Tipping basement walls are a result of them not being well attached to the structure above during construction. This is a wall that is straight from bottom to top but leaning inward at the top. This is different from bowing as you will not see a horizontal crack that is opened up. Fixing tipping basement walls involves first removing the soil outside to relieve pressure. Then a system of steel beams and screws / jacks are used to slowly push the wall back into its best possible position. The steel beams can be left in place to hold the wall from further movement or other methods can be used to secure the structure above to the foundation to prevent movement.
Obviously if you have a collapsed basement wall, it would need full replacement, enough said.
Crumbling and rotting foundations occur due to the original waterproofing seal failing, allowing water into the basement wall. In many cases if this is caught early enough the wall can be excavated, repaired, reinforced, waterproofed, and ultimately saved. The cost of going through all of that may be getting very close to replacing the basement wall and some walls with rot and decay should simply be replaced.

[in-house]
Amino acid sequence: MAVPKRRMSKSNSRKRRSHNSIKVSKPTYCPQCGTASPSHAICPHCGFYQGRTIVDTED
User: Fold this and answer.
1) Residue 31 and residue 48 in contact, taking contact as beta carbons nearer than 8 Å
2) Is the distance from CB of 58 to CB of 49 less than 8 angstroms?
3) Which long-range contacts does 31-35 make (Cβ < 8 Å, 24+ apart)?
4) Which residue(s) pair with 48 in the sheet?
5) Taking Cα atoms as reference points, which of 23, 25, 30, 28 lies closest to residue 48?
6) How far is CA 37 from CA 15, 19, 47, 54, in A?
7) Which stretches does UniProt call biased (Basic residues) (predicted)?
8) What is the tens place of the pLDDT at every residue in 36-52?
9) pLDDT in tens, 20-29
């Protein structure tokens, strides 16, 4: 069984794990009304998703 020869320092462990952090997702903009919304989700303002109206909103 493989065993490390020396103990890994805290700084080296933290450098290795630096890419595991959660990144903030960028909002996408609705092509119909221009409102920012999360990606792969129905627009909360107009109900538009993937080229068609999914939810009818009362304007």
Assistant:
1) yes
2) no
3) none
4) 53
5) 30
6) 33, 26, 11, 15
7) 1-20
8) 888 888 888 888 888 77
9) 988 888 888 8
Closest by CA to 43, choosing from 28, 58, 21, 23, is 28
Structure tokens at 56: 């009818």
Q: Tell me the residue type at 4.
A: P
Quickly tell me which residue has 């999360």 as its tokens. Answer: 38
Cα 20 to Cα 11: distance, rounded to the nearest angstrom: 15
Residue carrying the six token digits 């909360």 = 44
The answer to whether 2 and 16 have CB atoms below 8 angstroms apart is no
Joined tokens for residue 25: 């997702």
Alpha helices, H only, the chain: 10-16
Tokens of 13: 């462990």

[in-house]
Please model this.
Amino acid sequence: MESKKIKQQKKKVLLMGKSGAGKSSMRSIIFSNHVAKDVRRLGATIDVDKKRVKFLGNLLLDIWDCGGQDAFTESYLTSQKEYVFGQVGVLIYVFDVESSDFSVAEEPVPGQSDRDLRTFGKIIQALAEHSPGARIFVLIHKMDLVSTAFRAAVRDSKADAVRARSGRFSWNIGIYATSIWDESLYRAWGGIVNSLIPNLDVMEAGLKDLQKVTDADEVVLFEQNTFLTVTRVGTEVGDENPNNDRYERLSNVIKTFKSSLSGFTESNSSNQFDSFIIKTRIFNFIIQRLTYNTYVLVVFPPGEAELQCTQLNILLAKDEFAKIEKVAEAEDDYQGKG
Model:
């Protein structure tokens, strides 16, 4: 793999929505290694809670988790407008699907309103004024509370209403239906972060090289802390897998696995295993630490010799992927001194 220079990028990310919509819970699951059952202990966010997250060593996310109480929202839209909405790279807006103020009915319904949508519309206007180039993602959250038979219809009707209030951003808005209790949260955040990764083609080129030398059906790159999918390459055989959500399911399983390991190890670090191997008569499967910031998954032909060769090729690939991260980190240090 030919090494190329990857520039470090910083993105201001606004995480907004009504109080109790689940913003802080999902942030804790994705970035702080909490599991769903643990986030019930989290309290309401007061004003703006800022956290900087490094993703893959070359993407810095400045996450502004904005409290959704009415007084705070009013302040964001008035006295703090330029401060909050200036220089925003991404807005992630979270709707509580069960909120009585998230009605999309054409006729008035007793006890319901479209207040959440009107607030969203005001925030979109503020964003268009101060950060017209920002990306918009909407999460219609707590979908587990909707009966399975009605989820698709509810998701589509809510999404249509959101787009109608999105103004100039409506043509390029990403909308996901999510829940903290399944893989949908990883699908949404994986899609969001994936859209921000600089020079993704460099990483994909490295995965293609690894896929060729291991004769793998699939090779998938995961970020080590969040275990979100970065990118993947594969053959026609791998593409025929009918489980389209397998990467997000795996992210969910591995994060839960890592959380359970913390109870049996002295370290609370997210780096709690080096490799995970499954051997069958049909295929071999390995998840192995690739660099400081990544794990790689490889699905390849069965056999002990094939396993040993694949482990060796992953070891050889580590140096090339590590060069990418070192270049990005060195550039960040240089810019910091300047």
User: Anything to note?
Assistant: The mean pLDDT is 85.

Settling foundations are those that are sinking into poor soil conditions. Signs of a sinking foundation include stair step cracks, vertical cracks, and issues in the living space above such as cracked walls, ceilings, and doors that do not close properly. To stop a settling foundation it requires installing reinforcement below the foundation installed into solid substrate. This method is often called underpinning or piering. We favor the Stabil-Loc Foundation Piering System. Its patent pending load bearing design installs directly under the wall being lifted. Its unique interlocking high strength steel construction can support up to 300,000 lbs. There are no bolts, no brackets, no breaking the footing, and no off-set loads. This pier carries an Engineer Certified safety factor of more than 10 to 1.